Gulshan Grover and Manu Risha Chadda recently appeared together in a short film titled Baj Gai Seeti, where they played a couple of ageing thieves. The actors spoke to Hindustan Times about the film and its real-life parallels, the platform of short films, and why this is the ‘best time’ for content and talent in the entertainment industry. (Also read: Gulshan says air hostess once refused to sit beside him: ‘She was just scared’)
Baj Gai Seeti, which was released on Royal Stag Barrel Select Large Short Films last week, chronicles a night in the lives of two thieves contemplating ‘retirement’ and looking for that one last big haul. This is Gulshan’s first short film in India and the actor said yes to it after years of rejecting several others. Revealing why this appealed to him, he says, “When this short film was offered to me, I saw it was not about that ageing thief, but as something with a larger connect with life. What happens is that many of the people who are not so young are facing this problem in various professions. They are unable to find that moment to shine. Therefore, I felt it had a larger metaphor for life.”
Gulshan adds that this trend of veterans being unable to find their place is prevalent in the entertainment industry too. He shares, “Even in the film industry, there is a major trend. Anupam Kher told me that several film houses and a particular casting director, Mukesh Chhabra have decided not to cast people who have been in the business for a long time. Just because we have been in the business for a long time, someone is feeling that a person’s ability has diminished or reduced, then you are a short-term gainer.”
However, he adds that he hasn’t faced this himself fortunately, charting it to his habit of changing genres every few years. “One of my mentors, Mahesh Bhatt sahib once told me, ‘hang your gloves before these mo*******s throw you out’. The world owes me nothing. You don’t just have to reinvent but also be a trendsetter. Unless you do both, your opportunities will reduce. I have never faced that difficulty but I see several friends who are friends facing this,” says Gulshan.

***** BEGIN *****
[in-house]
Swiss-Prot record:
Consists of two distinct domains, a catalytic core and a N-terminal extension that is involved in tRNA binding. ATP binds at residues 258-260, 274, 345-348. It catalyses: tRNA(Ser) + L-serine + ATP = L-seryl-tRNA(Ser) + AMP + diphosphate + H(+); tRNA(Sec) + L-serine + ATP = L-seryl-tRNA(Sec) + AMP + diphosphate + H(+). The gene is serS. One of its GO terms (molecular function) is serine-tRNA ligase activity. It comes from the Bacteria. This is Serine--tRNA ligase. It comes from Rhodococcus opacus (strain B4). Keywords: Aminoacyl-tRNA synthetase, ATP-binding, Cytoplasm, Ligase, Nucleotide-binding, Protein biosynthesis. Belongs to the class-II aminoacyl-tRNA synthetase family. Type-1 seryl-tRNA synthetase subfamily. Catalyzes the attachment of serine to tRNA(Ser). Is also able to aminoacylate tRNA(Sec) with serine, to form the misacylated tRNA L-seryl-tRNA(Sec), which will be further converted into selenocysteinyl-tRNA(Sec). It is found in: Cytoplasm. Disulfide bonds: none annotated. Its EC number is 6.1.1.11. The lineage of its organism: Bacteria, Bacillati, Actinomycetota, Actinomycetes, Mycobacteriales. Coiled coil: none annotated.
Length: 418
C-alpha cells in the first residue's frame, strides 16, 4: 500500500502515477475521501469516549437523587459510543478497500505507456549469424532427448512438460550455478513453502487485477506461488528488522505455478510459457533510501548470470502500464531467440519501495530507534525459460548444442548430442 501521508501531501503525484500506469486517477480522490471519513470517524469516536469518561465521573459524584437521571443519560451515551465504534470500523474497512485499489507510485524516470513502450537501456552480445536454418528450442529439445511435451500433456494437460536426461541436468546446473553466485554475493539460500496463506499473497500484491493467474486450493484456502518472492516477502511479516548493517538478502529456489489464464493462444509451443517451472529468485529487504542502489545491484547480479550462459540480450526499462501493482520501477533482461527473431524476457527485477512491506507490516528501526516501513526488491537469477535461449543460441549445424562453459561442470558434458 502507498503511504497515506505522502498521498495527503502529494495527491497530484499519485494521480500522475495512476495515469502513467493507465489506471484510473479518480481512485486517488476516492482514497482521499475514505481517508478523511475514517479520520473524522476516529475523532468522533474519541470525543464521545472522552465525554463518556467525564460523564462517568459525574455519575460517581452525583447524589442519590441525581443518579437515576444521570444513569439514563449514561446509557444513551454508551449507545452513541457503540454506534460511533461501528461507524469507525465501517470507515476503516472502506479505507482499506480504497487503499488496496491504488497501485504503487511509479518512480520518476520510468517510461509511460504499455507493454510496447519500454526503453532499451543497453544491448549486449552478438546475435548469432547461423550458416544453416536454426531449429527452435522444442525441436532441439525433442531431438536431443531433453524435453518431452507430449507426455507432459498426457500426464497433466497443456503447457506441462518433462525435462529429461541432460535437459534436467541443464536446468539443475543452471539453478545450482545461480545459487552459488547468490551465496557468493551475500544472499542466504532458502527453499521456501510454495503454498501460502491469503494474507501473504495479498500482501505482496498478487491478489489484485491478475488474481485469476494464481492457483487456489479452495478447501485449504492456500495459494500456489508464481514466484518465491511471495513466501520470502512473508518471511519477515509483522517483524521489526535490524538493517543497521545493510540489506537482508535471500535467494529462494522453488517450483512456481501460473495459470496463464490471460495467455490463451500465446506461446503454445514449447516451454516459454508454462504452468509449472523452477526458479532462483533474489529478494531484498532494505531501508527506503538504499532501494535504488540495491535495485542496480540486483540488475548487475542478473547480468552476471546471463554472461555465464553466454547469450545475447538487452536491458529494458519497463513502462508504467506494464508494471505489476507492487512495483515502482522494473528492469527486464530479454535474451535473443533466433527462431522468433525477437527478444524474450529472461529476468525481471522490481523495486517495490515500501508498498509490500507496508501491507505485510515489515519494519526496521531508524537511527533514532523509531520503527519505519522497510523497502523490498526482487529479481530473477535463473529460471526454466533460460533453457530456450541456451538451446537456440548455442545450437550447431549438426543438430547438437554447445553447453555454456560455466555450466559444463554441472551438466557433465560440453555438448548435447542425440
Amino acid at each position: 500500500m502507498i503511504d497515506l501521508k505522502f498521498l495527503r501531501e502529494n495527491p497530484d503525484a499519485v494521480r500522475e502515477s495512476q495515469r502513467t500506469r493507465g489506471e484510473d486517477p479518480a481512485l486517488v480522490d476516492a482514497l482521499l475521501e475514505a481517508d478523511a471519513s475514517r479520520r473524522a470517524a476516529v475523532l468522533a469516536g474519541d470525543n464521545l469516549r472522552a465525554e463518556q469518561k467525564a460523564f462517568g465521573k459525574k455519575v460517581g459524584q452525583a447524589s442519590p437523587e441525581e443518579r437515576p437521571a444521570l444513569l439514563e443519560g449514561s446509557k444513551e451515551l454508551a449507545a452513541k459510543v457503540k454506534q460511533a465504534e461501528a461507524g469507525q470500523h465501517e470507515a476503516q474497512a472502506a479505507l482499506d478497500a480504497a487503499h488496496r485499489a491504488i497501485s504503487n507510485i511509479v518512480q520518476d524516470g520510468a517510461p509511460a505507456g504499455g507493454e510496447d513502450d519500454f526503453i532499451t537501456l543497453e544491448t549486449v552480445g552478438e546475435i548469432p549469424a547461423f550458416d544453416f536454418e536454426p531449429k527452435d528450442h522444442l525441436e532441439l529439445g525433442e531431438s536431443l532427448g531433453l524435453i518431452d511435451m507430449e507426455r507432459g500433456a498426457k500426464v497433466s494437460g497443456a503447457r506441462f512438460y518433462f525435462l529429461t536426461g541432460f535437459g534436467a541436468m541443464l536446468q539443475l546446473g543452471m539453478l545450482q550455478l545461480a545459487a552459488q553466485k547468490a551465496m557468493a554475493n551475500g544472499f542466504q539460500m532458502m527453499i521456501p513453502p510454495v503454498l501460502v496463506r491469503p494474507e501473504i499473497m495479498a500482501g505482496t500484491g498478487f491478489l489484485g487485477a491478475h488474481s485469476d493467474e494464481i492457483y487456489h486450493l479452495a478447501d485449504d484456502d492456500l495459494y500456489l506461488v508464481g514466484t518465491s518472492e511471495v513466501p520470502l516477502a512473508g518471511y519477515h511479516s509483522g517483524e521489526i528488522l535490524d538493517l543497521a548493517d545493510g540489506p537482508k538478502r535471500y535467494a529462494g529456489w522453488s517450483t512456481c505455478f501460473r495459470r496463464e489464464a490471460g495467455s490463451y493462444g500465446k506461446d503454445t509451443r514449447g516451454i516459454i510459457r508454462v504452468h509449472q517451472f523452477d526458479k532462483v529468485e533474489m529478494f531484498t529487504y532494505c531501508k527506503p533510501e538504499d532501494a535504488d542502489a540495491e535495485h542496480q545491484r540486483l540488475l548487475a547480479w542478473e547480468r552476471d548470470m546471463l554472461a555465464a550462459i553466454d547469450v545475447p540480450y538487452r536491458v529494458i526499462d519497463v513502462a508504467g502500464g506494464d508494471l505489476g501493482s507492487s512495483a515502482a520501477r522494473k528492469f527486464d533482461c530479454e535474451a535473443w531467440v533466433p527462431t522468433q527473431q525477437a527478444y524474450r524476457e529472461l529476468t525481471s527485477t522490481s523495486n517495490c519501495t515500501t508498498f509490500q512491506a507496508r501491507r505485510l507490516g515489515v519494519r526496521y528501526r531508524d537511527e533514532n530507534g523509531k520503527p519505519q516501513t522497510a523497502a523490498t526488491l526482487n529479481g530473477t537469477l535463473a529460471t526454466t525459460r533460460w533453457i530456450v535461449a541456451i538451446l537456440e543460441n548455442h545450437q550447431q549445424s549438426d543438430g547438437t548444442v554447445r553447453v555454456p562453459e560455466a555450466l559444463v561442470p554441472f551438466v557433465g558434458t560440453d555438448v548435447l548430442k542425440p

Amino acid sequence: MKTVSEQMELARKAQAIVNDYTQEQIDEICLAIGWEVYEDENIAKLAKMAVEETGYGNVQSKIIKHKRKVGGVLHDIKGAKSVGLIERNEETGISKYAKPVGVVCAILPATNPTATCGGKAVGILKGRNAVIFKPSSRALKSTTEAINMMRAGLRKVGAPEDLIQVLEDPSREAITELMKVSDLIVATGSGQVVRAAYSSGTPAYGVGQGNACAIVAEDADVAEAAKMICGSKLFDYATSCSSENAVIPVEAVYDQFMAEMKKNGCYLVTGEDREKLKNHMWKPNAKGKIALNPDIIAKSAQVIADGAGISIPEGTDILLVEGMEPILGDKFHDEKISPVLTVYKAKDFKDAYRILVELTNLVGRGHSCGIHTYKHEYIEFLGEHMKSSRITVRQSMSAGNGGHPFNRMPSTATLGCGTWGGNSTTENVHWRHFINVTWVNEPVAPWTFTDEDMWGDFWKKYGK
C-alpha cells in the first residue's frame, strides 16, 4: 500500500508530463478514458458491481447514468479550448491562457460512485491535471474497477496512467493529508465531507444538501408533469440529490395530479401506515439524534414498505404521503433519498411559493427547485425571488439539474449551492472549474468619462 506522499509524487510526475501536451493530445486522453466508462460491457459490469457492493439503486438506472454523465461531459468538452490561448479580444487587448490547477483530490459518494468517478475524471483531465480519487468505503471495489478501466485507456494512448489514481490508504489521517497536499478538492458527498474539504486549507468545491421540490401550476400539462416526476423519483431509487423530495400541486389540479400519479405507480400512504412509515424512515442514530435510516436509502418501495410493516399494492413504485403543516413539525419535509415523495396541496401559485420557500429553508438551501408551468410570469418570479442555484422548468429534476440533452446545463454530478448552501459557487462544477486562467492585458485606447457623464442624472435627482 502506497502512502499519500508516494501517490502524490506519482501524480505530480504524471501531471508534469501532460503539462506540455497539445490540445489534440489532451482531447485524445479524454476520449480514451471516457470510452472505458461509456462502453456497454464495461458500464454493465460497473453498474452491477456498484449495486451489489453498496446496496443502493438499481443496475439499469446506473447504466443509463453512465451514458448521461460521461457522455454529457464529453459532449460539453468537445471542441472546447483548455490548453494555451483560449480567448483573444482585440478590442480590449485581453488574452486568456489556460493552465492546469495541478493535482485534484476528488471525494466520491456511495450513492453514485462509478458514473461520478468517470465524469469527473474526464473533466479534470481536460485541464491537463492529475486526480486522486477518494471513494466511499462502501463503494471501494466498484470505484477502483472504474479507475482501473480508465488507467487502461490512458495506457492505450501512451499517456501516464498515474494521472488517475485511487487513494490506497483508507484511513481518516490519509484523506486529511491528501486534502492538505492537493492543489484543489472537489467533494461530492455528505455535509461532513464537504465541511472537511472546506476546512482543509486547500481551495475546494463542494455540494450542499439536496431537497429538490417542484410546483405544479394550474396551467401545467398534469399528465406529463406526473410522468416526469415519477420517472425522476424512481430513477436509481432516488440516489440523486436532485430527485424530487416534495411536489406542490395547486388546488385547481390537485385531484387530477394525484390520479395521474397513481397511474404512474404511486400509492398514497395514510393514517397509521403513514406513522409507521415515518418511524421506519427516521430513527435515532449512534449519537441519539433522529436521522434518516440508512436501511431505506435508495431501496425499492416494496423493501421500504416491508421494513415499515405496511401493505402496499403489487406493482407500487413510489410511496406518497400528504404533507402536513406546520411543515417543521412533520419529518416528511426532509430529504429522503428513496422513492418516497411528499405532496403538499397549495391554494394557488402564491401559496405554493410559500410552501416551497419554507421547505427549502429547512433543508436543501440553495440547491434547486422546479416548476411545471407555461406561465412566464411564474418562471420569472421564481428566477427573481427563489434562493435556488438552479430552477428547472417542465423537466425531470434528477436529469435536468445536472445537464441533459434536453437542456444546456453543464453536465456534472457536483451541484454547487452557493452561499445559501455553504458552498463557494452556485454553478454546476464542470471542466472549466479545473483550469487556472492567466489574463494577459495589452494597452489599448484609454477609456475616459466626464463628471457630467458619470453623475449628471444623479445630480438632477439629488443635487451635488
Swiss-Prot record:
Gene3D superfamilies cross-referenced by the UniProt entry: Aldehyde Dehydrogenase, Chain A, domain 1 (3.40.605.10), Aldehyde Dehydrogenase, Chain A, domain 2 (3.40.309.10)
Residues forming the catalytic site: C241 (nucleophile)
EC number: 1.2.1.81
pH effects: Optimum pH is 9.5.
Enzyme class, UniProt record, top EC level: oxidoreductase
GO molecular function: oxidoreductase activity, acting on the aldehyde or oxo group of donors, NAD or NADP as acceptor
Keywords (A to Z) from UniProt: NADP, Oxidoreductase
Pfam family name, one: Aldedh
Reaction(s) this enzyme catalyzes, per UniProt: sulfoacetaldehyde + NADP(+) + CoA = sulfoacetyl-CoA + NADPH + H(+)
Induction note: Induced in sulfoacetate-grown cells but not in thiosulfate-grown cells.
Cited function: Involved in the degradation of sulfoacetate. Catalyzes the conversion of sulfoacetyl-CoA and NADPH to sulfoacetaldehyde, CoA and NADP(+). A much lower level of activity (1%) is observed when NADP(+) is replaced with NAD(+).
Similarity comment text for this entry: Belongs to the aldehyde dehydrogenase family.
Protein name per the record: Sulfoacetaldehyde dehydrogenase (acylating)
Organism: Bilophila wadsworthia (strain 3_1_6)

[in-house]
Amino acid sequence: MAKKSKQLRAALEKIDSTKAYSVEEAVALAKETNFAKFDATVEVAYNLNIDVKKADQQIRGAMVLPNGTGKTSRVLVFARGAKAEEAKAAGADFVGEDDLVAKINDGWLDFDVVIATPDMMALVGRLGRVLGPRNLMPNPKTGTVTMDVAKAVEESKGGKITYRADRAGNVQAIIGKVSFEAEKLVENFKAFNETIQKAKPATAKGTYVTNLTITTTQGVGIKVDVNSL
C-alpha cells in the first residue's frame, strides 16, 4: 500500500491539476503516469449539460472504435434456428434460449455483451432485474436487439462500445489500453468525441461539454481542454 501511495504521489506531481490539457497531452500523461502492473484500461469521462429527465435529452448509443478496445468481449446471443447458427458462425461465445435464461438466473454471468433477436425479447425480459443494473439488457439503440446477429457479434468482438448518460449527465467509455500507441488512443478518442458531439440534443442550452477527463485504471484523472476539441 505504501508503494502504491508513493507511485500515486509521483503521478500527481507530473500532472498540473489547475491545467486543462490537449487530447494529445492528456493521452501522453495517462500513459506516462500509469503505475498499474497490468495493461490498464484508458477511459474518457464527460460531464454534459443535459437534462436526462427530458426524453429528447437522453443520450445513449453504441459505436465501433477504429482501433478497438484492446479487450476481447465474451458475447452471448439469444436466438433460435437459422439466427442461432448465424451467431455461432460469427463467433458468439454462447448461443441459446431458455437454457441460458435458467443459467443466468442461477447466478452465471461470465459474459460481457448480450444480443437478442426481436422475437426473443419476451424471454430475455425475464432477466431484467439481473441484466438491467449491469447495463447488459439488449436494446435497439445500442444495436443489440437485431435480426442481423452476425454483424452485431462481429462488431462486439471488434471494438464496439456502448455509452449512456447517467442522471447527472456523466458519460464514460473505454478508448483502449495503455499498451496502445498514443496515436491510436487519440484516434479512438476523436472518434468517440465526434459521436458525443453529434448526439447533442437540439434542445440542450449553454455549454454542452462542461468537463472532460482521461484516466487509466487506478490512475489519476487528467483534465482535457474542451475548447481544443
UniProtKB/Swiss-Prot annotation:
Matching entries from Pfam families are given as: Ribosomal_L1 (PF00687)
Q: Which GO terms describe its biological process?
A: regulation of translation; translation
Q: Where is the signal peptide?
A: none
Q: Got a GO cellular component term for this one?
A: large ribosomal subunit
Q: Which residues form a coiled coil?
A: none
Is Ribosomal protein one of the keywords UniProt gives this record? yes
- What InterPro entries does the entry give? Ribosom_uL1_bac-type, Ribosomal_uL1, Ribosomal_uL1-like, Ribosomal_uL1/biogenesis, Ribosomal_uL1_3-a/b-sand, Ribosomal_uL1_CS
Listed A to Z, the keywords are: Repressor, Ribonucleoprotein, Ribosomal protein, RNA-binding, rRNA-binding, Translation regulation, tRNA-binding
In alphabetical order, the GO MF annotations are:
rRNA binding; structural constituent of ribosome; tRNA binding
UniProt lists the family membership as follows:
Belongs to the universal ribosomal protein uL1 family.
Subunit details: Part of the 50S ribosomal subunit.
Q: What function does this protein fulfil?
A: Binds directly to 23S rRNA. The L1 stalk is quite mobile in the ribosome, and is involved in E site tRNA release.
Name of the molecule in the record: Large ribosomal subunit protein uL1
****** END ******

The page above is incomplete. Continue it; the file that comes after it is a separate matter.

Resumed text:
Manu, who plays the junior thief to Gulshan’s senior thief in the film, says he brought this parallel to screen between their characters too. “I have followed him and his career. Similarly, in the film, his character is like an elder brother to my character. I follow him there as well. So I brought that real-life parallel and deference there too, in my demeanour and body language,” he says with a laugh.
Gulshan argues that this is the best time for content and actors given how diverse the entertainment world has become with platforms for short films, feature films, web series, and serials all galore. “This is the most brilliant time for content, for talent, and even for investors. The opportunities are enormous. Way back, restaurants used to sell diverse things on menus. But then, places opened just for pizzas or just for momos. They are running because they find enough customers. You don’t need that Delhi ki dukaan that has everything. The same way in cinema, the content has changed. People want different content and it is the perfect time to be more diverse,” he says.
He has special praise for platforms like Royal Stag Barrel Select Large Short Films, where Baj Gai Seeti released. “They have given an anchor and a platform to shorter films, to people who want to show their talent. I hope people get encouraged and make more such content,” he adds.
Manu adds that for actors like him, these short films and web shows have been a boon. “You get a very sukoon wali (relaxing) popularity with this,” says the actor, adding, “People say they enjoyed one of my short films more than a feature film. Now, people are approaching me too. I am getting popular. So at times, I behave like Shah Rukh Khan. So, it feels really good.”